Tucked away next to his cot, Camargo keeps a pump-action air rifle to fend off rats and two machetes for assailants.
To wash his clothes and bathe, he fills a basin with water from a nearby fire hydrant he opens with pliers. After drying his shirts and shorts on a jerry-built clothesline, he presses them with starch and a small iron.
“With all my medical problems, I can’t live like this. I had to go to the hospital last month three times. They told me first it was my hernia. Then they told me it was my pancreas,” he said. “It hurts so bad I’m rolling around on the ground, even if it’s dirt.”
Camargo, who trims his dark hair and rides a gleaming blue bicycle he built from spare and discarded parts, has been unable to work since he injured his leg in a car crash about eight years ago. Before that, the father of six worked a succession of jobs, including one in a greenhouse and his final gig, at a flour manufacturer.
“I always worked, but tragedies happen and you don’t see it coming,” he said. Camargo’s son Samuel Guzman was killed in 2014. He was 20. “People say, ‘Joe, you’re an angry old man.’ And I say, ‘Look at where I’m at. You’d be angry too.’ ”
Camargo lived with family until two years ago, when his sister sold the house they grew up in and moved to Arizona. He has been homeless since.
Like several other unhoused people in L.A. interviewed by The Times in recent weeks, Camargo said he applied for an emergency housing voucher months ago. All said they have yet to be updated on their status.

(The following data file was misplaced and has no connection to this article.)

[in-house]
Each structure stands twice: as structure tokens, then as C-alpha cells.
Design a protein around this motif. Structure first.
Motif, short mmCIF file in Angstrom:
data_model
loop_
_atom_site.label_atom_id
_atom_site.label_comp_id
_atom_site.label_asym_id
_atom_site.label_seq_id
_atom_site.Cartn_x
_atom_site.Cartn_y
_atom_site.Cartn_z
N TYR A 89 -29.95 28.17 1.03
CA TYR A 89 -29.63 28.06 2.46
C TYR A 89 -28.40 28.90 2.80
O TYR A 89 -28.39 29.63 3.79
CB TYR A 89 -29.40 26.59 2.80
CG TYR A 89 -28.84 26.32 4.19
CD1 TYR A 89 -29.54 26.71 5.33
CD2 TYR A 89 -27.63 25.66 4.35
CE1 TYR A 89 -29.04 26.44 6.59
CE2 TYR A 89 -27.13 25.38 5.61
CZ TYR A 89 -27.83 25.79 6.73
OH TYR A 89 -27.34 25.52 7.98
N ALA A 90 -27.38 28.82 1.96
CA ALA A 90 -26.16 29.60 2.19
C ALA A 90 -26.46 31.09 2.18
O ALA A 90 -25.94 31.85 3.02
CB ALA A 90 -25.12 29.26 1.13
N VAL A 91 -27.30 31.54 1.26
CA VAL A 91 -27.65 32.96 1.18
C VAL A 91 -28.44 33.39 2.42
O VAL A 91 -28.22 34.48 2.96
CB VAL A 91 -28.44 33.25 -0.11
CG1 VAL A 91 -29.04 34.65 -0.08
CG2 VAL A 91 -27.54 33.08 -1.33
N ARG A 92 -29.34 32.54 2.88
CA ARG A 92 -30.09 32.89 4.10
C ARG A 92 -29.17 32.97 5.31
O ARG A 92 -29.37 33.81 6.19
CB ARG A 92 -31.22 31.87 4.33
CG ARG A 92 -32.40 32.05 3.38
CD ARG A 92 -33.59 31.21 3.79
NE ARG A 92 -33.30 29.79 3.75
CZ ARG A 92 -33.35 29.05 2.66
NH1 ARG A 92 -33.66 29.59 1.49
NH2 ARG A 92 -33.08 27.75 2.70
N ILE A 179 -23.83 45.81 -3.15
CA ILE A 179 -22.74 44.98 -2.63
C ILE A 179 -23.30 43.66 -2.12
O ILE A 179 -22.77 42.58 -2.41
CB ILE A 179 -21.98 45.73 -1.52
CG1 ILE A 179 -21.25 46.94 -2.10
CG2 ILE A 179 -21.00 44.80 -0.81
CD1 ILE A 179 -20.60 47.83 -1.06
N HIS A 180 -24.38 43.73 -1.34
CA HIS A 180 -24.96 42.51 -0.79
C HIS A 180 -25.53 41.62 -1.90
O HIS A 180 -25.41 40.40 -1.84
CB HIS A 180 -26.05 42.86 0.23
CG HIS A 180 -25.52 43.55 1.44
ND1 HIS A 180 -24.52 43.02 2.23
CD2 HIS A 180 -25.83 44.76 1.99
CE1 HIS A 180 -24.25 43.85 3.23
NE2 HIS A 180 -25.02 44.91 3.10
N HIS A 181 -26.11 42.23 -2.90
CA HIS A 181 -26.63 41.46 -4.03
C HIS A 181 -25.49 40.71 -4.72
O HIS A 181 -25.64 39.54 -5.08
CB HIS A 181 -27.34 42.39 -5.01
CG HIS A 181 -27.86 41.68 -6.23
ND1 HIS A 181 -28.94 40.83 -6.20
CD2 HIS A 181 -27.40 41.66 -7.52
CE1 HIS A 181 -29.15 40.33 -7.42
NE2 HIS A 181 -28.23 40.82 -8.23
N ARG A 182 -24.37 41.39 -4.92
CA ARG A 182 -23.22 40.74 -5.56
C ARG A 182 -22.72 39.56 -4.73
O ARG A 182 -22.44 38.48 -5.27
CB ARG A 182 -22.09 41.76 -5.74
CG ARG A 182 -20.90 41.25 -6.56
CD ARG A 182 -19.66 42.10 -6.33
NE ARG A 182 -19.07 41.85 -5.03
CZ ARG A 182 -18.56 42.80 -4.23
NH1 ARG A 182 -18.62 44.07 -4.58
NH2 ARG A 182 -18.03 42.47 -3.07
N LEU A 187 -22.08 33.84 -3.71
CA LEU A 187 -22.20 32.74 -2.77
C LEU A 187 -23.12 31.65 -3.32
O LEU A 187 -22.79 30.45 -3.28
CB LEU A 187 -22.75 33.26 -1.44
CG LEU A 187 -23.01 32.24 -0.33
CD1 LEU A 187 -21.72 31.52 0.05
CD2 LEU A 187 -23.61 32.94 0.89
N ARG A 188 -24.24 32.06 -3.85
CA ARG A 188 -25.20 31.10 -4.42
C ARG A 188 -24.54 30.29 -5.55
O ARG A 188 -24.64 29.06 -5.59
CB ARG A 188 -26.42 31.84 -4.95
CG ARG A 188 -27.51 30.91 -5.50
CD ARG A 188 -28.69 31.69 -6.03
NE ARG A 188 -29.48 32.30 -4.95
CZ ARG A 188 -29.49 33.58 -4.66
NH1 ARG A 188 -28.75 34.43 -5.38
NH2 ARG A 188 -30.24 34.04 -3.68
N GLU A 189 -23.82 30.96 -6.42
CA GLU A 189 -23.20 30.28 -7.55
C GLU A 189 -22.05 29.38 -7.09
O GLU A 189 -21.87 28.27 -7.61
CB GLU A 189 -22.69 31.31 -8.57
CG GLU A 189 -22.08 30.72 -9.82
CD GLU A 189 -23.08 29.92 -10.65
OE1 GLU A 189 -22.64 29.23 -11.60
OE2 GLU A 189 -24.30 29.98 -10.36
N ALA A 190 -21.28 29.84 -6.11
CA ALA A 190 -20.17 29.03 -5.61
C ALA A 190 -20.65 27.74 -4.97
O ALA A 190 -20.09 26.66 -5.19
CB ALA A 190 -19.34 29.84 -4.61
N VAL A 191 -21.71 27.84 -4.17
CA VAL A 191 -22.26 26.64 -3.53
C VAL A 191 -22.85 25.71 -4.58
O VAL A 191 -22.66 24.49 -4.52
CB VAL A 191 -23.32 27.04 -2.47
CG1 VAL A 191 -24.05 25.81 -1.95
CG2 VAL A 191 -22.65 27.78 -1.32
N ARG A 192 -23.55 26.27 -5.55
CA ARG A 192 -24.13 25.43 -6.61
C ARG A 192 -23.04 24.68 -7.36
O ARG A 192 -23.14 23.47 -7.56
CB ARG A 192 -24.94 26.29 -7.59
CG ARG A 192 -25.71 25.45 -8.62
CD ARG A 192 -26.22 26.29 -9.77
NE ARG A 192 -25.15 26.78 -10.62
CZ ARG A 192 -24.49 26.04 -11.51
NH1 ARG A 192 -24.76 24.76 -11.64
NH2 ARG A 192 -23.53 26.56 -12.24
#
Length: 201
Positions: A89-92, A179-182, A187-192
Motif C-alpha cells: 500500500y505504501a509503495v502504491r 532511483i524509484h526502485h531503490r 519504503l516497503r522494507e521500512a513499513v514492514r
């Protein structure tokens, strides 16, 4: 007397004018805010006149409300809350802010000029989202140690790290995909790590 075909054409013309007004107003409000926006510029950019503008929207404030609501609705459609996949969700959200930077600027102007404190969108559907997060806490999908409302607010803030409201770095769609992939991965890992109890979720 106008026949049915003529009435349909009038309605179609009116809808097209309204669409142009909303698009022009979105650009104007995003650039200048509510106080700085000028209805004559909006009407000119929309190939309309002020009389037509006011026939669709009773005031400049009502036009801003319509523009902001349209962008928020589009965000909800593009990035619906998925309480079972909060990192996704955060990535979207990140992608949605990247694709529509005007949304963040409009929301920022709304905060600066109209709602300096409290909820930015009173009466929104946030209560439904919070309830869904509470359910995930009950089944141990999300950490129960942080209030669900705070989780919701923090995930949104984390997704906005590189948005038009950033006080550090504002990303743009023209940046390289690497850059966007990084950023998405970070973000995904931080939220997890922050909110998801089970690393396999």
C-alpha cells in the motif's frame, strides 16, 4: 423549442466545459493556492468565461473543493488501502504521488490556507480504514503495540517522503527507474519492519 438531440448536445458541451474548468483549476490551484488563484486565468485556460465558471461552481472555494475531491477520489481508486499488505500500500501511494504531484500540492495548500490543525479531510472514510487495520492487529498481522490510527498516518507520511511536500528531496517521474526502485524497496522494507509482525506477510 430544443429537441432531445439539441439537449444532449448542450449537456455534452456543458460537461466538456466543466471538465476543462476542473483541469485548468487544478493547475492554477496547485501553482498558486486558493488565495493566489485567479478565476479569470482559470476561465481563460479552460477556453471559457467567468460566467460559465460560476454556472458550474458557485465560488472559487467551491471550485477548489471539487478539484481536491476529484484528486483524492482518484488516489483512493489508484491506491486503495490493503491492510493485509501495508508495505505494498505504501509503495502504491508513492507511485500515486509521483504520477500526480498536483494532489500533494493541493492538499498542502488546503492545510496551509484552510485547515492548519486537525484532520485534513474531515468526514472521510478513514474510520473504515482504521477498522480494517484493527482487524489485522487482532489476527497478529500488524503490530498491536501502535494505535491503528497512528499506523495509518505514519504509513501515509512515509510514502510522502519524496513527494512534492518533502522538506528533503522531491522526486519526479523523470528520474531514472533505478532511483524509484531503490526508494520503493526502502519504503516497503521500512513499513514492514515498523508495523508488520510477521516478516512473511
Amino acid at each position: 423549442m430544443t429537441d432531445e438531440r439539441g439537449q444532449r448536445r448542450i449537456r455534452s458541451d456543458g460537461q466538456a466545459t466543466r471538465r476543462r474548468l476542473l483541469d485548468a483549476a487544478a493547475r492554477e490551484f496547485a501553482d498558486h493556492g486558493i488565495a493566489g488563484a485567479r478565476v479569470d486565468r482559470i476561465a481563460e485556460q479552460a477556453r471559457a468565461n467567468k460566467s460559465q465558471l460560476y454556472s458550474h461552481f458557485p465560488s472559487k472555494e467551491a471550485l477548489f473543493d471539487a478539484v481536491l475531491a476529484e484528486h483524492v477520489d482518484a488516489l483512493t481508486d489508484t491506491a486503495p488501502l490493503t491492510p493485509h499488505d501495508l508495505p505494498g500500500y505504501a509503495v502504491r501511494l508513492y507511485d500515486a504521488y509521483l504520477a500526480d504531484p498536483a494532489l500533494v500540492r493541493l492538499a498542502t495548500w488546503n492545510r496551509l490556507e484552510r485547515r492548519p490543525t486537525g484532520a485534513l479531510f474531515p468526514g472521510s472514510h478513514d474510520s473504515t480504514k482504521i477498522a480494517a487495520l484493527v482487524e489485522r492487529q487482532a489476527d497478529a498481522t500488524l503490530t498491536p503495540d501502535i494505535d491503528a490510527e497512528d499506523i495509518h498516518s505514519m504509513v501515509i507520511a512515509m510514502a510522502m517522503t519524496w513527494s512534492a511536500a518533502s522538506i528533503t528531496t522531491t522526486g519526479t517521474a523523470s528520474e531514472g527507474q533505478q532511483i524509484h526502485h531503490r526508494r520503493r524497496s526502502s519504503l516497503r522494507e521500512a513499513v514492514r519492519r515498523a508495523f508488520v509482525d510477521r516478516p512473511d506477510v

Camargo said a Los Angeles Homeless Services Authority employee came to his previous encampment in November and helped him fill out an application for an emergency voucher.
“They came and signed me up,” he said. “They had me fill out a paper and said they’d be back in a week, and I never saw them again.”
Ahmad Chapman, a LAHSA spokesman, said via email that the agency “works with nonprofit case workers to help people experiencing homelessness apply for EHVs. Once LAHSA receives and validates the application, we send it to a public housing authority.” Chapman declined to comment on Camargo’s claims.
VanNatter disputed some of Camargo’s statements. As of Thursday, VanNatter said, the housing authority had not received a voucher application from him or Lee Hatten, a homeless man living on skid row who said HACLA helped him apply for a voucher several months ago, then did not respond to his repeated inquiries about its status.
“I’m not sure what happened with these two folks,” VanNatter said. “We haven’t received an application for either of those two people, and neither has LAHSA.”
While more than 3,000 vouchers have yet to be leased out in L.A., Camargo continues to wait, cooking his meals on a compact camping stove as cars roar by overhead and the deadly summer heat rises.
Drive two hours northwest from L.A. to Santa Barbara and you’ll find an emergency housing voucher program that works.